In two emails sent internally this weekend, Palantir Technologies blamed Morgan Stanley for a “failure” that left some employee and alumni shareholders unable to sell their shares when the company made its public debut last Wednesday.
The problem stemmed from a glitch with Morgan Stanley’s trading platform Shareworks.
In an unsigned email sent late in the evening Sunday, Palantir said it had heard from Morgan Stanley that the bank was in a “war room” all weekend working to determine which shareholders were owed compensation.
A spokesperson for Shareworks at Morgan Stanley said the issue was a “slowness” that “may have resulted in delayed logins into our system.”
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Palantir placed blame squarely on Morgan Stanley following a glitch in the bank’s trading software Shareworks on Wednesday, according two unsigned emails sent to “Palantirians” on Saturday and Sunday, which were obtained by Business Insider.
The software and data-analytics company Palantir Technologies went public on September 30 with a direct listing, instead of a traditional IPO, and is estimated to win a market valuation of $22 billion.
In this op-ed, Joe Lonsdale — one of the company’s cofounders alongside Peter Thiel and others — writes that Palantir’s reputation as an evil surveillance system is ironic because the company is the most sophisticated privacy engine and has kept the US safe.
Lonsdale says Palantir’s starting mission was to create a secure intelligence network to help prevent the next 9/11. Now its platform is being used in COVID-19 response efforts by key decision-makers in over 35 countries.
This is an opinion column. The thoughts expressed are those of the author. You can read more on Business Insider’s coverage of Palantir and its cofounders here.
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BOSTON (AP) — Seventeen years after it was born with the help of CIA seed money, the data-mining outfit Palantir Technologies is finally going public in the biggest Wall Street tech offering since last year’s debut of Slack and Uber.
Never profitable and dogged by ethical objections for assisting in the Trump administration’s deportation crackdown, Palantir forged ahead Wednesday with a direct listing of its stock, gaining 31% in its first trading day.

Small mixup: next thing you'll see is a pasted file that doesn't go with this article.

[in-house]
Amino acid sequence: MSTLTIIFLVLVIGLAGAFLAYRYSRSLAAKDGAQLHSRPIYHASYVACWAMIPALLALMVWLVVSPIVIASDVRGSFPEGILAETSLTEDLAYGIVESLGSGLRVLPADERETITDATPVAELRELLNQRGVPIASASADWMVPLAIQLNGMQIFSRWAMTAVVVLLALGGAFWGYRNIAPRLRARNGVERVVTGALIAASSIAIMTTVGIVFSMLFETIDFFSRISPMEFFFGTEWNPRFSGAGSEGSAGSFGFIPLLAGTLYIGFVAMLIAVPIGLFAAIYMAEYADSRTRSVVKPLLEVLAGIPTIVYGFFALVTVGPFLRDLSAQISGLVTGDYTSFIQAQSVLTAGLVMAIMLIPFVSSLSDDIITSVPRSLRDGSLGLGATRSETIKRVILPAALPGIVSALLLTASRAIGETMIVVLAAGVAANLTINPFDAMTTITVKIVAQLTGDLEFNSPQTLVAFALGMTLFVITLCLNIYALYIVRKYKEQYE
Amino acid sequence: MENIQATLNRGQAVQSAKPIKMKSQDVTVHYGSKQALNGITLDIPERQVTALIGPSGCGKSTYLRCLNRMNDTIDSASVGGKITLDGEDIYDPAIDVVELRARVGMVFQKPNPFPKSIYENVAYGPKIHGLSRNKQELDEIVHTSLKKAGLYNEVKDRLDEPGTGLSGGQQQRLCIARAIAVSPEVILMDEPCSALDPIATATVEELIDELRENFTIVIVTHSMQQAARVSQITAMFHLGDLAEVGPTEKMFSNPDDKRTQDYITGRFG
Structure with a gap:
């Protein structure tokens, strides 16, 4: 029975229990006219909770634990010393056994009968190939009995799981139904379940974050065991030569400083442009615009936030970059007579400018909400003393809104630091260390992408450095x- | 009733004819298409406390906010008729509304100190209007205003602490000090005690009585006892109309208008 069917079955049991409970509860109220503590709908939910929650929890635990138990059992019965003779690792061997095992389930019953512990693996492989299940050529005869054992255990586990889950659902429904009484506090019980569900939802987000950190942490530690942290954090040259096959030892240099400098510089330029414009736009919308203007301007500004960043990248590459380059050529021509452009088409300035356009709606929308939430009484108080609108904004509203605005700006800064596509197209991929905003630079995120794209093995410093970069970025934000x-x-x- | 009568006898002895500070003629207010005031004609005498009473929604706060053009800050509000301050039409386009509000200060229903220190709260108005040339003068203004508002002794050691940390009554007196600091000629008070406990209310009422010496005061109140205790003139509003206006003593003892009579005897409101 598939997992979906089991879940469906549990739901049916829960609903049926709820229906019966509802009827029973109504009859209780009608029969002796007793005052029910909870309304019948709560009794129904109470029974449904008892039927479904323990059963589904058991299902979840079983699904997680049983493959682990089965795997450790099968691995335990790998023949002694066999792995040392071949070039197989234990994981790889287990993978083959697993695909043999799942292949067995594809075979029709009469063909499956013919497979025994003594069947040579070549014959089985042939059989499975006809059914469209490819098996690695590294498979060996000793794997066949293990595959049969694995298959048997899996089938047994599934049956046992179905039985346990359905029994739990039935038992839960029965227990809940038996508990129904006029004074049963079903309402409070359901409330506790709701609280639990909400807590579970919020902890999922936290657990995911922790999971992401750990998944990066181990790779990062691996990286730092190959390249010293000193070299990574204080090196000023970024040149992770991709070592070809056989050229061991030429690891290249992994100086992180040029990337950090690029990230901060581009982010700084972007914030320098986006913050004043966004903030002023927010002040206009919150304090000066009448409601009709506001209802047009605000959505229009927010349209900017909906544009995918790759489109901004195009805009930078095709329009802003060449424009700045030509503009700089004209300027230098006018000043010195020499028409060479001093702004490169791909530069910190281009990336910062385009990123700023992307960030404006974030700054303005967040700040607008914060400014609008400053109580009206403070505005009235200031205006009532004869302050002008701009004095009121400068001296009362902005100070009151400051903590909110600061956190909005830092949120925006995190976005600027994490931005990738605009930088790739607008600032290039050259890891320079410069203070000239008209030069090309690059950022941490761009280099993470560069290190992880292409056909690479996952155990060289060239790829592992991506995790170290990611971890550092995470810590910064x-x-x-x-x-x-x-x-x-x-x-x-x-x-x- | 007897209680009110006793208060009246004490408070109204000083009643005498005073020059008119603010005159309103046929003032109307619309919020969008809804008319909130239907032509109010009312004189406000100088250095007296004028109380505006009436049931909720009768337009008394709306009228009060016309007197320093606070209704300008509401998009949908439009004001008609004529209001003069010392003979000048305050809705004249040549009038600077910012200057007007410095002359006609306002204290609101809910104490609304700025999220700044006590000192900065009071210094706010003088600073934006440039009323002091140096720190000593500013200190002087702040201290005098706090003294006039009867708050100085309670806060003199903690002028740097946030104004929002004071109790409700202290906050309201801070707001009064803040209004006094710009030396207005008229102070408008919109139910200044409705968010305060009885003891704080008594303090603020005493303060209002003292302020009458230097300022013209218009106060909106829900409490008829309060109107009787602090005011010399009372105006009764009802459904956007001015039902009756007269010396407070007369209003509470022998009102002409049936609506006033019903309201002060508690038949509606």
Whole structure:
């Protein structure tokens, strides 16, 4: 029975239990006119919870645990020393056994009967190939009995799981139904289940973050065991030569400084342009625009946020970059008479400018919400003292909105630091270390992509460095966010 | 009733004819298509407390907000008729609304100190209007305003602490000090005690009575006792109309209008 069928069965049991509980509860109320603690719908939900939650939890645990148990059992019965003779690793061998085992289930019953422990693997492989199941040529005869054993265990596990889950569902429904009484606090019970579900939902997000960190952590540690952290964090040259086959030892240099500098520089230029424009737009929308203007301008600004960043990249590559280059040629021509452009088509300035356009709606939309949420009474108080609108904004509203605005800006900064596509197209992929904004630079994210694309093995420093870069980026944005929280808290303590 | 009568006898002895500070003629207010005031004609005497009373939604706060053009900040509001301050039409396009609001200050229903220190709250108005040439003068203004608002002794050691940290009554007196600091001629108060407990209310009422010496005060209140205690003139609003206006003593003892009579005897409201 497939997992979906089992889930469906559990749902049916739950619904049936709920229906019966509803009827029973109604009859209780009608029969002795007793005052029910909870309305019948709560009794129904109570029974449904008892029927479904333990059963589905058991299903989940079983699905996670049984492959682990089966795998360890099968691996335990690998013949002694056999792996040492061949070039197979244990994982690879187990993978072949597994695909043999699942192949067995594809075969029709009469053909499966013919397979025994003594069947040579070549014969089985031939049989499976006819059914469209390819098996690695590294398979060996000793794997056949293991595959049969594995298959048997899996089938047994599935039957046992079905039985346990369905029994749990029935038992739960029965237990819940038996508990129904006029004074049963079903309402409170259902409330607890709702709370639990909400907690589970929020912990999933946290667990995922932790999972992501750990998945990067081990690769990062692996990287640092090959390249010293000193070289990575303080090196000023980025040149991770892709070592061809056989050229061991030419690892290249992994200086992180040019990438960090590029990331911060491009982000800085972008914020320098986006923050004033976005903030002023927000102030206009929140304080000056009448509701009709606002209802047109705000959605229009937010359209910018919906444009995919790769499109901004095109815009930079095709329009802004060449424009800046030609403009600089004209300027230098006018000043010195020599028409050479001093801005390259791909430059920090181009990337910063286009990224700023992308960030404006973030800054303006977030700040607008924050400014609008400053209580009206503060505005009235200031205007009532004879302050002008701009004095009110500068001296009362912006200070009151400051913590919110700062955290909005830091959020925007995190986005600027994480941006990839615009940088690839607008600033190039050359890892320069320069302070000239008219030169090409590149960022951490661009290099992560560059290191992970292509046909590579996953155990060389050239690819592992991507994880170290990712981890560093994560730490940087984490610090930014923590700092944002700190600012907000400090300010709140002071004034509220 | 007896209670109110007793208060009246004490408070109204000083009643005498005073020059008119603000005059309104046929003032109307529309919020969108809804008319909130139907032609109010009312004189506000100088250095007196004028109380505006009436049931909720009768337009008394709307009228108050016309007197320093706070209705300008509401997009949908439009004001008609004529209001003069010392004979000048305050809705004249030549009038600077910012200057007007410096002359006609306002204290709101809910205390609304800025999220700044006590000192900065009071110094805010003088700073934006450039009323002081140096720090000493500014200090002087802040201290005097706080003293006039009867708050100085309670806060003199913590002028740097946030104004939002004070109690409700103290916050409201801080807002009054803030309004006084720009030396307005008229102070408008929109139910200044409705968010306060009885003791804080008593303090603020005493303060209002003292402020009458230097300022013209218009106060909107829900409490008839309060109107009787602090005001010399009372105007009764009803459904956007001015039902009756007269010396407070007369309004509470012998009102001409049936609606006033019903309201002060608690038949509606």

Palantir Technologies, the once-secretive data mining company, went public through a direct listing on Wednesday, hitting a market capitalization just north of $20 billion on its first day of trading Wednesday. The journey to IPO has been bumpy and at times controversial. Joe Lonsdale, cofounder of Palantir who left the company in 2009 but remains a significant shareholder through his investment firm, 8VC, tells Forbes why the company is necessary, and how he built it in the early days with billionaire investor and Palantir chairman Peter Thiel, CEO Alexander Karp, president Stephen Cohen and others in 2003.
“From the beginning, it was an unusual company, and we had big ambitions to build something that was very important for Western civilization,” says Lonsdale of the company’s grand initial vision. A computer science major who graduated from Stanford University in 2003, Lonsdale edited the conservative
Data-mining company Palantir is set to go public on Wednesday when its shares start trading on the New York Stock Exchange. Dubbed the “most secretive” Silicon Valley startup, it has faced criticism for its ties to the Department of Homeland Security and has been accused of complicity in human rights abuses, while other critics have raised concerns that insiders will have excessive control once the company is public.
Here’s why Palantir is attracting investors’ attention.
1. It’s valued around $16 billion, but isn’t profitable
Palantir has never turned a profit, its securities filings show. But the company has reduced its losses over the years. In 2019, it generated revenue of about $743 million, a 25% jump from the previous year. In the first half of 2020, Palantir’s loss shrank to $110 million, from $285 million in the year-before period.
Of course, it’s not unusual for a technology company to continue
But activist groups and human rights watchdogs say that the company’s track record of working with Immigration and Customs Enforcement and countries with questionable human rights records makes it a bad investment. They spent the last week protesting online and in-person to highlight concerns to investors ahead of the public listing.
“There is a high risk that Palantir is contributing to human rights violations of asylum-seekers and migrants through the ways the company’s technology facilitates ICE operations,” Amnesty International said in a report released yesterday that accused Palantir of failing to guarantee its software isn’t being used to aid in human rights abuses and racial profiling against migrants. Palantir, which declined to comment for this piece citing its “quiet period” running up to the public listing, has said its software is not used for raids or deportations.
Co-founded by Peter Thiel, a prominent donor to President Trump, the company has
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Pandemic numbers are looking better, it’s still a couple months before U.S. elections and a growing line of tech companies have already ventured out into public markets successfully this summer. Hard to imagine conditions beating the present any time soon, whether you’re traditionally banked, going with a direct listing or getting inside a SPAC vehicle.
We covered the frenzy this week with an eye toward what other startups can learn about the way these companies have arrived at this point. Here are the headlines for each, from Asana to Unity.
But first, consider this special episode of our Equity podcast from Wednesday, where the team reviews the news. And for a faster(ish) read, Extra Crunch subscribers should also check out Alex Wilhelm’s “super-long roundup” of